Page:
Turn Off that Bad Outdoor Lighting and Help Us Preserve the Desert Night Sky by installing dark sky friendly lighting. We can have it both ways - well lit, safe areas and see the stars. All it takes is a little effort and knowledge on YOUR part. Plus you will save money and energy at the same time!
Be a part of the solution and not the problem - Know the Code - your local lighting code.
P.A.S. supports and endorses the efforts of IDA, the International Dark-Sky Association. This organization provides guidelines for outdoor lighting that is astronomer-friendly. They also create model lighting codes for statutory jurisdictions and educational programs designed to help reduce light pollution. PAS maintains an official IDA Liaison on our staff to facilitate IDA policy at the local level. To learn more about IDA you can visit their web site by clicking on their logo.
Outdoor lights that meet Dark Sky specifications can be identified
at retail outlets by looking for their IDA seal of approval.
Only ten percent of the world's population can see the Milky Way. The rest live in places with nights so stained by man made light that the stars, for them, have gone out.
Along the skyline, our sprawling cities pollute the night skies with light. From the Grand Canyon, you can see the glow of Las Vegas. Never have so many of us lived under such compromised skies. Excess light affects the ecological processes, throws off the migration and song patterns of birds, and confuses the egg-laying patterns of tortoise. Millions of moths die around porch lights, and when entire species go extinct, they take their plant symbionts with them.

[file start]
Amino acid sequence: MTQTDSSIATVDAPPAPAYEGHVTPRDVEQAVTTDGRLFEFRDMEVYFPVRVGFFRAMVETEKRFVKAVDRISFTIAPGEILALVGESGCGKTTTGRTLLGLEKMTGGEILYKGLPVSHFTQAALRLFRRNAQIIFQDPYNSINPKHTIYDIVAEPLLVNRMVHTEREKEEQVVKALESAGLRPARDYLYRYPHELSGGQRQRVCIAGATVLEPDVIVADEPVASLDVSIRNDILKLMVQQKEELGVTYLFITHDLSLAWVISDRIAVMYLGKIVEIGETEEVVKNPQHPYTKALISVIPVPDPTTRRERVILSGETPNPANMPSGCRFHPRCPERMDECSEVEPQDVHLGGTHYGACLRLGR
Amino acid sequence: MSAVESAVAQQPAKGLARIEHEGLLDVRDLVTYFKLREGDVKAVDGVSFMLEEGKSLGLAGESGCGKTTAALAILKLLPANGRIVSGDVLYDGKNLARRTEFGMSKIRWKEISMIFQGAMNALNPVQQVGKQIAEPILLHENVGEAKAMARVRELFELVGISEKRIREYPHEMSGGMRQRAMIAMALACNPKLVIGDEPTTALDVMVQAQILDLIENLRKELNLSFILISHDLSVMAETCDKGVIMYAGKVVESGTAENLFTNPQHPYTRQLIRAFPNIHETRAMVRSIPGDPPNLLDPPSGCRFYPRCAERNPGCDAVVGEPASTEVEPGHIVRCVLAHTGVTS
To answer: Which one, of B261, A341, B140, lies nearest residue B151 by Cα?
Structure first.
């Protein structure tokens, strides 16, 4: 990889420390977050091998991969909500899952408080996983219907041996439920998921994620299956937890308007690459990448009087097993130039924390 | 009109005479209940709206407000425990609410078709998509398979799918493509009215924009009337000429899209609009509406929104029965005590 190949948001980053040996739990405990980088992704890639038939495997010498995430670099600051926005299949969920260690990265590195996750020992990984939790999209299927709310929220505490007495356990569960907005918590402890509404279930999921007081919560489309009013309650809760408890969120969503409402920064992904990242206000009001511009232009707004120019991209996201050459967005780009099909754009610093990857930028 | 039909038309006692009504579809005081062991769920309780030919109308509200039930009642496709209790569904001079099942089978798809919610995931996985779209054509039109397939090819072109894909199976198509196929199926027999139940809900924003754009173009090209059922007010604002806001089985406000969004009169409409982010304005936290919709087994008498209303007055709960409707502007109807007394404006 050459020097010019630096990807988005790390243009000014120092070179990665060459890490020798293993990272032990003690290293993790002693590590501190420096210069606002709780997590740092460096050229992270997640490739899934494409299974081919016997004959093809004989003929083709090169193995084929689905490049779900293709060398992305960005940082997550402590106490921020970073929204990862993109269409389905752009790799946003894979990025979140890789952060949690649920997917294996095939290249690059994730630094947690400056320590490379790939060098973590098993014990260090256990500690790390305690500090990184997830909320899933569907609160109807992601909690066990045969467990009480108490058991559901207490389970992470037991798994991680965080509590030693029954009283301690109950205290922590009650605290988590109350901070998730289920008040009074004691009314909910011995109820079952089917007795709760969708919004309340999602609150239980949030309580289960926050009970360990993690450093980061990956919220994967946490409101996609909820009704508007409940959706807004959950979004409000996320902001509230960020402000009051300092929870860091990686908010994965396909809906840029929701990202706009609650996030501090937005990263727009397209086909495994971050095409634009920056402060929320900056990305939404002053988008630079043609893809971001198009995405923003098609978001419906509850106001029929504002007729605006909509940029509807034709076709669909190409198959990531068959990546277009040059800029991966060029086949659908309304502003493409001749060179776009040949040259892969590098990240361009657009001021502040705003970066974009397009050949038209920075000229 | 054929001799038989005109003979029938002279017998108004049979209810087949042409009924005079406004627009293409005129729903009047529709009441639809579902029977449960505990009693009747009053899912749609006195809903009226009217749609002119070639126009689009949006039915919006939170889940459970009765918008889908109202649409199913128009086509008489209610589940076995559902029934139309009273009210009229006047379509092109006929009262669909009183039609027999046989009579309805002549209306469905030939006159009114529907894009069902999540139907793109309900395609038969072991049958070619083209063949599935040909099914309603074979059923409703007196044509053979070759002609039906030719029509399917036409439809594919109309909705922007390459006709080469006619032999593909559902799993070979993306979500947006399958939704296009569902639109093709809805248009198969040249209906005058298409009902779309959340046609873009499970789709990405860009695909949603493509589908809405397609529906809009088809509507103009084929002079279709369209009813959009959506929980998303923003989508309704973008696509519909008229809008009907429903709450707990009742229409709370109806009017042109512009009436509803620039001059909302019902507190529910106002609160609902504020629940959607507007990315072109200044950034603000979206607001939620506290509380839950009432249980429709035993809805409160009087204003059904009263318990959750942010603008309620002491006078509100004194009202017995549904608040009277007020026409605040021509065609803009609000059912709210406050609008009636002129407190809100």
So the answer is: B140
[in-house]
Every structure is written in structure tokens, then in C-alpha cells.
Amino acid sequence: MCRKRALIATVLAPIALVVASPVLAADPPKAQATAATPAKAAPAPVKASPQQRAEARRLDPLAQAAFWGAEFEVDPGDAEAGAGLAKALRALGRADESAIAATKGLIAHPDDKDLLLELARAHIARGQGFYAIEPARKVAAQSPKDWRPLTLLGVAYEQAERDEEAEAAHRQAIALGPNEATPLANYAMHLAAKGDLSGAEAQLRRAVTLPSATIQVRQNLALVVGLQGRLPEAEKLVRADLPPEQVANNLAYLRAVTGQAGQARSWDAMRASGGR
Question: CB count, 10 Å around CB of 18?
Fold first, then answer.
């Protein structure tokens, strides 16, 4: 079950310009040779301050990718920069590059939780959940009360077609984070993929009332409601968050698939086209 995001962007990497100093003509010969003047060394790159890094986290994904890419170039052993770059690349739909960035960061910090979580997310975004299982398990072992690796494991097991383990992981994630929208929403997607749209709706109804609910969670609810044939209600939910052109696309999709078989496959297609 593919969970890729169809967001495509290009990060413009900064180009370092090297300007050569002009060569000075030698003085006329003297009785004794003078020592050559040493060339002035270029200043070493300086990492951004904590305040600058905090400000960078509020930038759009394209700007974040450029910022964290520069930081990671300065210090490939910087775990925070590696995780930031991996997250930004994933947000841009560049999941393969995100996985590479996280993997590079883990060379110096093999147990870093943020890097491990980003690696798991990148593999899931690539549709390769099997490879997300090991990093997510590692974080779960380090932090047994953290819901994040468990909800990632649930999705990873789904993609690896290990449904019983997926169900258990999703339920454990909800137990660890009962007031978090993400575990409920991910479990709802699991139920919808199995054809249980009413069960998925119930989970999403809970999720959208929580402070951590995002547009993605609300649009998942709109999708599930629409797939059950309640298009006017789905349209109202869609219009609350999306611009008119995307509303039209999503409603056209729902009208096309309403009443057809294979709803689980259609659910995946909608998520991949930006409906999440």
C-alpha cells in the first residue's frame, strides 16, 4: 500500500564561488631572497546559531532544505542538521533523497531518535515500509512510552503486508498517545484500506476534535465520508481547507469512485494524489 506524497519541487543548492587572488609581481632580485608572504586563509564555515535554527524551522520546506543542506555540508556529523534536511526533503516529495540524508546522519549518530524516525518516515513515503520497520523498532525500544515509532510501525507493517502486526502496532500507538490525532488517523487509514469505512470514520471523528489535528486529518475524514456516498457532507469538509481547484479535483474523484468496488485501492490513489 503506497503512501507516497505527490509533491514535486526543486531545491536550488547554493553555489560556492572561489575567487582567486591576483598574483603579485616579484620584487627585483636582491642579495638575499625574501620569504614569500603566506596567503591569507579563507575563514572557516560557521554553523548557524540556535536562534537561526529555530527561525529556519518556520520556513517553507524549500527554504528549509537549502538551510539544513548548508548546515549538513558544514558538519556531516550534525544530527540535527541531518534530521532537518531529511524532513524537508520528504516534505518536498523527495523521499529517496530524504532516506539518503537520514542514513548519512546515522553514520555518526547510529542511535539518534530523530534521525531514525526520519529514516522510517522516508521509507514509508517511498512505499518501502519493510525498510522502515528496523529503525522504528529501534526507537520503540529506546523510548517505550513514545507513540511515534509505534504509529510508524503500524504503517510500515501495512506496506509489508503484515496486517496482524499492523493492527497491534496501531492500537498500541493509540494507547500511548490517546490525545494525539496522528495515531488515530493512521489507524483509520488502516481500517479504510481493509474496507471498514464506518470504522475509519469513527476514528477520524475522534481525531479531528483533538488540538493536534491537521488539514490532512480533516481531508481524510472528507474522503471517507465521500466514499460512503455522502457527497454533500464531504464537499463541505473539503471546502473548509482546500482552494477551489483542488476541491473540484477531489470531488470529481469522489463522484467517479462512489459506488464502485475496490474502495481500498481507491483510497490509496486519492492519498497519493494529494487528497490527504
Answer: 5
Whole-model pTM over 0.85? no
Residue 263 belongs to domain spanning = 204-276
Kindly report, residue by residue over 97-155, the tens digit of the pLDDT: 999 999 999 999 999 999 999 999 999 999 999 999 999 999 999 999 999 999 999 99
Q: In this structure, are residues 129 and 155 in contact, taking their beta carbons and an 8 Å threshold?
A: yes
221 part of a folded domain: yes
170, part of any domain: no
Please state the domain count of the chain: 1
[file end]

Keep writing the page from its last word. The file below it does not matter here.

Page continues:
The International Dark-Sky Association of Tucson works to help cities and individuals make more informed lighting choices. "The Arizona desert used to have pristine night skies, but now international astronomers are giving up on the observatories within the United States," states Bob Gent, Director of the Western Region of the Astronomical League. "Cities use inappropriate lighting, ruining the beautiful night skies, and people's chance to gaze upward in wonder and amazement."
Mostly I remember the quality of light, how bright it was once I turned off my lamp and allowed my eyes to adjust. Yet to say "bright" is to reduce the measure of moonlight to wattage. To ignore that eerie, ivory-edged quality. That thin-veined, icicle-breathed, heathen-light made up of coyote howls, nighthawk wings, and unborn souls. I swim through that light slowly with all my senses open. The hollows of the night are filled with life. I will walk out into it gladly. The Night People have invited me.
Excerpted from "Nocturnal Cantata" by Susan Zwinger
published in the Plateau Journal entitled "Dusk to Dawn"
That the Night May be Adorned with Stars
Key to the continuation of pioneering astronomical research on the Colorado Plateau is the preservation of its splendid darkness. Light pollution impairs our appreciation of the night sky in much the same way that air pollution limits daytime visibility. In most suburban areas, the number of visible stars to the unaided eye on any given night is around a hundred. Fewer than 10 percent of the citizens of the U.S. currently live in areas where the Milky Way is visible, but there is still no Federal legislation that mandates the preservation of the night sky.